RadioSystemsIntegration

Report
Integration Challenges in Single-Chip Radios
Adil Kidwai
Intel Corporation, Hillsboro
Outline
• Motivation – product targets
• Architecture overview – Single-chip WiFi
• Issues and Mitigation Techniques
• Multi-standard coexistence in Single-chip
• Issues and Mitigation techniques
• Conclusions
ASP
Integration
Why Integrate?
Cost Pressure  Innovation
Double Sided Solution
More
Functionality
$
BOM
Time
Need to push the BOM down
Multi-Comm
ASP = Average Sales Price
BOM = Bill of Material (Cost)
Why not to integrate?
• Technology
– It places extra dependence on RF design
– To get to single-chip, the RF must migrate
technologies at same pace as digital flow
• Sku variation
– How easy will it be to create different die for
different markets and applications?
– Multi-com becomes more complex to make
silicon changes
Single chip defined (or not)
Antennas
FEM
FEM
RFIC
RFIC
MAC
MAC
• What is single-chip?
– If you have a FEM, is it still single-chip?
– How many devices should be combined to achieve the goal?
What is the Goal?
Integration and Single-chip
dc-dc
LVR
LVR
LVR
Ant 1
Analog
interface
FEM
Radio
Ant 2
MAC/PHY
Digital
interface
FEM
Ref clock
VCO
Xtal
EEPROM
Specific Example
Single-chip WiFi – Top Down Design
• Start with final
board target
• Determine
expected BOM
• Dive into package
• Only then, into the
silicon
J.C.Jensen, A.A. Kidwai et al. RFIC 2010
Issues in single-chip radios
• Package coupling
• Board coupling
• Silicon coupling
• Thermal issues
Package Modeling
• Modeling is important
part of predicting,
understanding, and
mitigating package
impacts
QFN and flip chip technologies
presented here
Pin placement
• Generic
wirebond
• Dual row
• Depopulated
inner row
• Frame,
bondwires,
paddle, … all
couple signals
• Placement is key
The Periphery
• The periphery design (pads, ESD and IO
driver cells) is integral to the design of
single chip products
• IOs drive signals off chip… or around the
chip to sensitive circuits
ESD
Isolation
Silicon Floor plan
vco
PA
dc2dc
PCIe
• The IO periphery
was cut into two
separate domains
• Local subsectors
exist for further
separation
• Distance is #1
factor for isolation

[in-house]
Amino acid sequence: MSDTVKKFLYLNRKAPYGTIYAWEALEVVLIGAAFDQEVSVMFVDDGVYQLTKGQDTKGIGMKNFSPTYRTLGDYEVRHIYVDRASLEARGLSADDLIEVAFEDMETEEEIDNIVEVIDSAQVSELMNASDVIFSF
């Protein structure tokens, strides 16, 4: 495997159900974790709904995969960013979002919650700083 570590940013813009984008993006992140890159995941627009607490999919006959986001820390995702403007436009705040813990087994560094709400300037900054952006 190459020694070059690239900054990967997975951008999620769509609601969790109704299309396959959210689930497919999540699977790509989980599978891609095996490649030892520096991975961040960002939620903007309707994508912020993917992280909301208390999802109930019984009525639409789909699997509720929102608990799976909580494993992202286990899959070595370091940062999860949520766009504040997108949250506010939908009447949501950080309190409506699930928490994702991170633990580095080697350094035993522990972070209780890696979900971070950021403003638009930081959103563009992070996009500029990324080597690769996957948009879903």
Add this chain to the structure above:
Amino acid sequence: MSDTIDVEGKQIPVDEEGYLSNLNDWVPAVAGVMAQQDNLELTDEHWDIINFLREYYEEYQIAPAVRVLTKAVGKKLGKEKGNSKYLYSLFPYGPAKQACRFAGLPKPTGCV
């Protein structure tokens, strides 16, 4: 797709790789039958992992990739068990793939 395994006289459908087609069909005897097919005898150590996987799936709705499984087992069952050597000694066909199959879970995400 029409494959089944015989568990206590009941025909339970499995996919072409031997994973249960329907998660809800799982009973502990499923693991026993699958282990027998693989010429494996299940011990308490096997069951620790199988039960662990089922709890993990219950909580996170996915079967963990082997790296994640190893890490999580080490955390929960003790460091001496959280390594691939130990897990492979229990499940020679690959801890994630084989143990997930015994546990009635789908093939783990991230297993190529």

• Main aggressors
are placed as far
apart as possible
Isolation basics
• Taps typically reduce coupling by 20-30dB
• Deep nwell can double that if used appropriately
– Appropriately means separate and quiet ground (see
next slide)
epi
RX
tap
Large tap
substrate
tap
TX
Silicon Technology
• Deep nwell must be tied to quiet supply and
usually they are hard to come by
• Must provide a very low impedance path to that
ground
Clean ground A
nwell tap
n+
gate
p+
n+
iso-pw
gateClean ground B
source iso-pwell tap
n+
p+
n+
iso-pwell
drain
n+
Any old
drain
supply
n+
p+
deep nwell
p+
drain
p+
n+
psub
substrate
gate
Iso-pwell to nwell diode
n+
n+
p+
iso-pw
Lossy substrate
dnw
dnw
nwell
to psub diode
Power Delivery and isolation
IO power
First step to
protecting circuits
is to isolate power
domains
Isolation between
supplies depends
on:
– Regulator PSRR
– Board decoupling
methods
VCO
CP
Pres
buffer
LOG
RX RF
TX
RF Domain
XO
Synthesizer
RF
dc2dc
Digital
dc2dc
Analog
Digital
Host
PLL
ADC/
DAC
Bias
BG
Power Delivery and Isolation
Vssp
Vcc_core1 Vcc_phy
Vss
Vss
Vccp
Vcc3
Vccp
Domain2
Vssp
Vss
VDDOD
Vss
Vss
Vssp
Vcc2
Vccp
Vssp
Vcc IO
Vccp
Vssp
`
Vss
Vccp
Vss
Vcc1
Vcc5
Domain 3
Vssp
Domain1
Analog
Vcc4
Vss
• Generally…
what works
for ESD
performance,
increases the
potential for
coupling
signals
Vcc_IO
Vccp
Vss
Vccp
Vssp
Vcc4
Vcc
Vcc_core
Board coupling issue: Example
Aggressor
Victim
Aggressor
Victim
Aggressor
Victim
PMU noise coupling issue: Example
• Noise from the on-chip
dc-dc is well below spec
for on soldered parts; but